I wouldn’t ascribe to much value to the sales milestone though. It not only requires OCR-002 to become a big success, you also have the problem that for a sales milestone your interests aren’t very well aligned with the company. If they are close to the deadline and close to hitting that $500 million milestone they will have a big incentive to stay below that number in order to avoid the $75 million milestone payment. You don’t have this problem with the two milestones connected to starting Phase 3 trials. Their whole purchase of Ocera Therapeutics will be a waste of money if they cannot start those trials.

To be honest I’m a bit surprised that there is no milestone related to successfully concluding a Phase 3 trial, but I guess that’s a good thing for investors here. Just starting Phase 3 trials is a milestone that is a lot easier to reach than successfully finishing them.

Attaching numbers to the various probabilities is a huge guess, but in my mind something like the following doesn’t sounds unreasonable. Maybe there is a 80% probability of starting a Phase 3 trial, maybe a 20% probability of also doing it for an oral formulation and maybe just a 1% probability of hitting the $500 million sales milestone. This would value the CVR at $0.39/share compared to a market price of $0.18/share, so as long that is roughly in the right direction it would be a good bet. I think it is.

Disclosure

Author is long OCRX

My take on TABS Holland

Last week a fellow Dutch value investing blogger wrote-up TABS Holland. The company supplies wood and building products to the Dutch market, and is traded on the obscure NPEX platform. The platform will actually cease all trading next month because its software doesn’t comply with the latest regulations. They have implemented a weird auction system without a central order book that makes it possible that different lots of shares are simultaneously sold and bought for different prices. An obscure illiquid stock on a weird exchange sounds like the rights ingredients for a cheap valuation, and on the surface that seems to be the case for TABS Holland as well. It’s trading at a 6.6x P/E-ratio while the other valuation metrics are as follows:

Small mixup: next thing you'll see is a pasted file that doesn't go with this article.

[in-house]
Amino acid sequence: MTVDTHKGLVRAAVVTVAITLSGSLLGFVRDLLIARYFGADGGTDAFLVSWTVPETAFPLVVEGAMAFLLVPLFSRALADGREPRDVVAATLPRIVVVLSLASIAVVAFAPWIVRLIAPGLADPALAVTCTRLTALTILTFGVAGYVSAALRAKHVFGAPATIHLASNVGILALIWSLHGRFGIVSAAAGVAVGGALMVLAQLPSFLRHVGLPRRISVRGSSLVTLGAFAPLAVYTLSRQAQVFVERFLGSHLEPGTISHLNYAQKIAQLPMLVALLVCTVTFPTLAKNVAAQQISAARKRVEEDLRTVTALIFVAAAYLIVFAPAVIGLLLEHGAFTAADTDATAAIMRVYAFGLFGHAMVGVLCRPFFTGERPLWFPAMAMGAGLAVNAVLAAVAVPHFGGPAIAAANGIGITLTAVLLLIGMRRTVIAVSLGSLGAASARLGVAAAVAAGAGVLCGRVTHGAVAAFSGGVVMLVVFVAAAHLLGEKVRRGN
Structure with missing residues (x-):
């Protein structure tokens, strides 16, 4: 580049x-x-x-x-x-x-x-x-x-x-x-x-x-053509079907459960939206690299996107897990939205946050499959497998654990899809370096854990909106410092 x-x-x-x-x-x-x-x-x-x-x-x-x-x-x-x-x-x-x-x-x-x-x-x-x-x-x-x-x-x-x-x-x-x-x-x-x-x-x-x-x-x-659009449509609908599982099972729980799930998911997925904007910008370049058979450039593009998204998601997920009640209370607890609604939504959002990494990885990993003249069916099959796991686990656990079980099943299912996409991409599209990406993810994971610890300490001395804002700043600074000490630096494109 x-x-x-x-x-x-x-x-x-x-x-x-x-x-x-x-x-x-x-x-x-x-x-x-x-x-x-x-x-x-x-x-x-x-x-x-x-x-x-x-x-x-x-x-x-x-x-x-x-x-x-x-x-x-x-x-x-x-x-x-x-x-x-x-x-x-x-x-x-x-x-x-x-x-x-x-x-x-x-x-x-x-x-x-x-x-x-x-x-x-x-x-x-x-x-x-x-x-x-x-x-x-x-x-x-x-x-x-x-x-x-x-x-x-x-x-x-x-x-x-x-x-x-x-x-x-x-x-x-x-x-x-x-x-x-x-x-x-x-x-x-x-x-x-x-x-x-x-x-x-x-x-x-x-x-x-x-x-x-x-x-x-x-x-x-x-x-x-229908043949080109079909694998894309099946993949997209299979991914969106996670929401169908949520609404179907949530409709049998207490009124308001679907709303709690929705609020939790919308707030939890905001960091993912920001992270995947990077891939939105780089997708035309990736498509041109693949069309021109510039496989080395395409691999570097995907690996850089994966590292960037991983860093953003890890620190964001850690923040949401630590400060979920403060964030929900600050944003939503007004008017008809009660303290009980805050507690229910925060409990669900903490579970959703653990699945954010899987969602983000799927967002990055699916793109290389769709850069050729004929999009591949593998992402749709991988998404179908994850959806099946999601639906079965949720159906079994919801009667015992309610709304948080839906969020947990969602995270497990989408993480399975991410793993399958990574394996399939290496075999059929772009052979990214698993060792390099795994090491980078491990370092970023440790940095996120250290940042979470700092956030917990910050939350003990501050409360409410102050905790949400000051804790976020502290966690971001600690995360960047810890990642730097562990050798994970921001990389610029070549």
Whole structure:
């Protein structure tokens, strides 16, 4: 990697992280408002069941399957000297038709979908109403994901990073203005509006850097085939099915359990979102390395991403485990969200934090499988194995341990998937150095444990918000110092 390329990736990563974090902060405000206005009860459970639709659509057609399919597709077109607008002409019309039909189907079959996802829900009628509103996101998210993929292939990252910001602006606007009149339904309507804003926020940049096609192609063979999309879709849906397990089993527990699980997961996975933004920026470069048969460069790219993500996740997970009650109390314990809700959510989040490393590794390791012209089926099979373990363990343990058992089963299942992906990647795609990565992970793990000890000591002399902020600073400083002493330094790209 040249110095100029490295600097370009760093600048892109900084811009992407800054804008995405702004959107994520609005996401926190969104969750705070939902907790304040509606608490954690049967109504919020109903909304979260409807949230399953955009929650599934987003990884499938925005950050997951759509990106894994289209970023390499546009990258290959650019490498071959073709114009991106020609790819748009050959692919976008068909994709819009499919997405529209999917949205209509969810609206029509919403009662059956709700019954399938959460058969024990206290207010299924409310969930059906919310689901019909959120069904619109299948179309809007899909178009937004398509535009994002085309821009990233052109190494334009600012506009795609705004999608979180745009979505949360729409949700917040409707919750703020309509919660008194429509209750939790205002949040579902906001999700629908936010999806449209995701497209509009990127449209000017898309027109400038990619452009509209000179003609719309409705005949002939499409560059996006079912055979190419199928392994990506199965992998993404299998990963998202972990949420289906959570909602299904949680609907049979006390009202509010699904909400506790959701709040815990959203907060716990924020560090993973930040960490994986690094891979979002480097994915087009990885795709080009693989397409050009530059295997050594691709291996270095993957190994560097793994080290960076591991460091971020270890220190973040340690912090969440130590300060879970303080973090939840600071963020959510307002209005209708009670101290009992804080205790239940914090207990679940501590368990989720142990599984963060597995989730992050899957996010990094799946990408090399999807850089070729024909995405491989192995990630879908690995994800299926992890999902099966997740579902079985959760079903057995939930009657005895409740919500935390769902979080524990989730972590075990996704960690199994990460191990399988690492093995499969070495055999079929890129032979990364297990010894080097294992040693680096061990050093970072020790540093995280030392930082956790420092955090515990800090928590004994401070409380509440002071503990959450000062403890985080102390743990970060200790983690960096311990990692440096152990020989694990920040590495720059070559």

Last price: €28.76
Shares outstanding: 6,768,303
Market cap: €194.7 million
Net debt: €63.4 million
Enterprise Value: €258.0 million
P/E (ttm): 6.6x
P/B (mrq): 1.56x
EV/EBITDA (ttm): 5.23x
EV/EBIT (ttm): 6.12x

Based on market cap and enterprise value Timber and Building Supplies Holland (TABS Holland) is actually not that tiny and obscure. Most of the stocks I own are smaller, but in this case the float is ridiculously small. According to VIB.net the free float is roughly 3% which translates to less than €6 million. Most of the shares are held by HAL Holding while management and some other “big” shareholder own the rest.

Financials

Before trying to figure out how much this business is worth it’s a good idea to start with a look at the historical financials, even though that might not be that useful in this case. In 2015 PontMeyer NV acquired Deli Building Supplies and the combined company continued as TABS Holland. The acquisition basically doubled the size of the company. The transaction was completed the 1st of September, so in the financials for the year 2015 the last four months include the results of Deli Building Supplies while 2016 was the first full year of the combined company.

When looking at the historical results it is clear that TABS Holland isn’t a great business. Revenues didn’t grow at all in the 2011-2014 period while profitability was around breakeven. Only in 2015 and 2016 things started to turn around in a big way. While the acquisition of a big competitor can’t have hurt, I think the main reason is simply the fact that the Dutch housing market has rebounded after the crisis and is now running white hot again. The low for the Dutch housing market was in 2012 and 2013, while now things are pretty crazy again. I live in Groningen, which isn’t as hot as Amsterdam, but I  have never seen so many houses being renovated or just being torn down and rebuild in my neighbourhood as in this year. So it’s not a surprise that the more recent results are pretty good, and presumably the full year results for 2017 will be even better. The timing of the acquisition was certainly excellent!

It was a big acquisition, and to finance it TABS Holland issued a bunch of new shares while the amount of debt outstanding also exploded. They have been paying down the debt rapidly, and last year they even found some money to pay out a decent dividend.

Valuation